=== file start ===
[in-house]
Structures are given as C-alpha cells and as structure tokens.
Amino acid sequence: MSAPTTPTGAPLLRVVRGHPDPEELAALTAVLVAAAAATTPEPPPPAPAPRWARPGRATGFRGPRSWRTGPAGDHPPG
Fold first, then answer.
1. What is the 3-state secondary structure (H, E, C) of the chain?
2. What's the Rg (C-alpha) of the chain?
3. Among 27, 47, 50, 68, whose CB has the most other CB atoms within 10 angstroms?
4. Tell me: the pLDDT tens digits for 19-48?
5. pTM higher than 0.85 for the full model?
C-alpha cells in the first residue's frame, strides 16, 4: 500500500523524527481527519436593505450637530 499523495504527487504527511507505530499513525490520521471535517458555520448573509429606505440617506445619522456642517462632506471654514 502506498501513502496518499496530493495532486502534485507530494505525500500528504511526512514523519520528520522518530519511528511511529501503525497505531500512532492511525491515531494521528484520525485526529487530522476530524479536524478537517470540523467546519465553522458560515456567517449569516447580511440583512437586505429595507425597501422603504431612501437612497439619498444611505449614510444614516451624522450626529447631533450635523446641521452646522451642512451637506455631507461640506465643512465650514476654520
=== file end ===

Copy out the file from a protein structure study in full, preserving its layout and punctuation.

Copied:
[in-house]
Structures are given as C-alpha cells and as structure tokens.
Amino acid sequence: MSAPTTPTGAPLLRVVRGHPDPEELAALTAVLVAAAAATTPEPPPPAPAPRWARPGRATGFRGPRSWRTGPAGDHPPG
Fold first, then answer.
1. What is the 3-state secondary structure (H, E, C) of the chain?
2. What's the Rg (C-alpha) of the chain?
3. Among 27, 47, 50, 68, whose CB has the most other CB atoms within 10 angstroms?
4. Tell me: the pLDDT tens digits for 19-48?
5. pTM higher than 0.85 for the full model?
C-alpha cells in the first residue's frame, strides 16, 4: 500500500523524527481527519436593505450637530 499523495504527487504527511507505530499513525490520521471535517458555520448573509429606505440617506445619522456642517462632506471654514 502506498501513502496518499496530493495532486502534485507530494505525500500528504511526512514523519520528520522518530519511528511511529501503525497505531500512532492511525491515531494521528484520525485526529487530522476530524479536524478537517470540523467546519465553522458560515456567517449569516447580511440583512437586505429595507425597501422603504431612501437612497439619498444611505449614510444614516451624522450626529447631533450635523446641521452646522451642512451637506455631507461640506465643512465650514476654520